What is a corporate bond?

Corporate bonds are issued by businesses much like they issue shares of stock. Corporate bonds come with a higher level of risk than government bonds, and so offer higher interest rates to compensate investors willing to take a chance on buying them. The lower the credit rating of the company, the higher the interest rate the company will usually offer on its bonds.

What are junk bonds?

You may have heard the term junk bonds before. Junks bonds are riskier investments because the company selling them doesn’t have a particularly good credit rating. This means there is a higher chance the bonds will be defaulted on. Junk bonds appeal to more daring investors who are willing to gamble on a company to maintain or grow its financial performance.

A junk bond can give a high return to investors, but it can also become worthless if the company fails. Two large junk bond events occurred in the financial crashes of 2001 and 2009, when many junk bonds were defaulted on, costing investors millions of dollars.

What is a bond fund?

A bond fund is like a mutual fund, except it is made up of a variety of bonds instead of a stock portfolio. The advantage of a bond fund is it offers investment diversity without having to buy a large number of different bonds from multiple sources yourself.

Investing in a bond fund allows you to choose the mix of risk and reward you’re comfortable with. A bond fund may offer more high yield corporate bonds than guaranteed government bonds, making it a higher risk but higher return investment. Or, you can choose a bond fund composed of mostly government bonds, with a few riskier corporate bonds thrown into the mix.

Bonds may be right for you

Bonds can be used to provide a stable source of investment income in difficult economic times. Government bonds and highly rated corporate bonds offer a low-risk method for putting your money to work. Bonds can also be used to create tax-exempt income for higher education. And, there are higher yield bond options available for investors who are more willing to take risks for higher financial rewards.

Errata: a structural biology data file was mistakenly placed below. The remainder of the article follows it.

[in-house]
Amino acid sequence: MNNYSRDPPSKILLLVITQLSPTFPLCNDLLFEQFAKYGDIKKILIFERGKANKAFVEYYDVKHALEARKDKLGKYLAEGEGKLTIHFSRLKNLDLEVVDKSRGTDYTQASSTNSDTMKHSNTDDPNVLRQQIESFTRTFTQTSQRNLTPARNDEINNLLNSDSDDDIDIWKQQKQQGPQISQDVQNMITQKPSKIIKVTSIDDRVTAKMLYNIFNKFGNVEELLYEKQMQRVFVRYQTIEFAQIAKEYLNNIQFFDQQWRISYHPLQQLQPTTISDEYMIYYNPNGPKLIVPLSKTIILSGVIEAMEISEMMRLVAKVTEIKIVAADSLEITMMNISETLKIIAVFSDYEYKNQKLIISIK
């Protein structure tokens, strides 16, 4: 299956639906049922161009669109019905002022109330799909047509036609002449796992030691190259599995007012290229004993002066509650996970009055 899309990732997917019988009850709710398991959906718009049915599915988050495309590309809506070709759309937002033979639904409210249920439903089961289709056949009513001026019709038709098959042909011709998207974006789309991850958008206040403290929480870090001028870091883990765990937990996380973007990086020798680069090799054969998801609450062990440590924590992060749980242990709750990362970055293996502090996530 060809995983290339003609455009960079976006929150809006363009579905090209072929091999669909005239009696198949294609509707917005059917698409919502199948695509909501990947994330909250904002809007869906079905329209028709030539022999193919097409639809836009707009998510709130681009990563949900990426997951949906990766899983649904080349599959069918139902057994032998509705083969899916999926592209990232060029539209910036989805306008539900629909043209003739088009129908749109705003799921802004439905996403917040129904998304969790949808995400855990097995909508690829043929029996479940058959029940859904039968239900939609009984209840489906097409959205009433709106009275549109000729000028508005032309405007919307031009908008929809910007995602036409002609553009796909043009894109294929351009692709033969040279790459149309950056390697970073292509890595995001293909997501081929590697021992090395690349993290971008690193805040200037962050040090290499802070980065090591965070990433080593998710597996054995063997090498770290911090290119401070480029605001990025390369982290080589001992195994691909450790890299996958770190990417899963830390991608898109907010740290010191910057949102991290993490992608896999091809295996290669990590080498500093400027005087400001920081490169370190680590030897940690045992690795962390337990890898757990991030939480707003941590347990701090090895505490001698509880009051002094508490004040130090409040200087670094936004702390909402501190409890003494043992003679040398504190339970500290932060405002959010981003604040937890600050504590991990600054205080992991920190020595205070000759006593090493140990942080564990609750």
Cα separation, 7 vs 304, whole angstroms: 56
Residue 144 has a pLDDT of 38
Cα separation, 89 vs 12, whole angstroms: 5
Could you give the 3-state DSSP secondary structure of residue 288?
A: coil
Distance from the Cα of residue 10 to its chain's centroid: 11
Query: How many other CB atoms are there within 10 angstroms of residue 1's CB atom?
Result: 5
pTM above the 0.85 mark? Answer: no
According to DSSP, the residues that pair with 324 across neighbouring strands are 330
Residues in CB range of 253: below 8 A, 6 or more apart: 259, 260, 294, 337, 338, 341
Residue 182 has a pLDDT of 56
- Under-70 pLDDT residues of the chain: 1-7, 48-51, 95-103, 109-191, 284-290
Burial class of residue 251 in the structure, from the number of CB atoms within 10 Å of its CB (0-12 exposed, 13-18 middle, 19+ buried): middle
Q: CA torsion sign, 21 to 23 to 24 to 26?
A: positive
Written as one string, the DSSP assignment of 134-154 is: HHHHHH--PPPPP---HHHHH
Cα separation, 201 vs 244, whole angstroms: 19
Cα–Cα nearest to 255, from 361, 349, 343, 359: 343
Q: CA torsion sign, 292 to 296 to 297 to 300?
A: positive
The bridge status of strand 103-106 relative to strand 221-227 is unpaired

Have you ever considered buying a bond?

Aaron Axline

Marketing Writer at LawDepot
Aaron Axline is an author, technology journalist, blogger, and knowledge management expert based in Edmonton, Canada. He likes cats.

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2 thoughts on “Investing 101: What is a Bond?

  1. Aaron Axline Post author

    Hi there –

    The Canadian government just announced with its March 2017 budget it is ending the Canada Savings Bonds program. Apparently, sales of gov’t bonds have dropped to the point that the cost of maintaining the program didn’t make financial sense. Here is a link to the announcement.

    Corporate bonds are still available in Canada; however, many investors prefer to go with Guaranteed Income Certificates (GICs) as they are seen as being more secure and less volatile than corporate bonds.

    Great question! Thanks for taking the time to comment.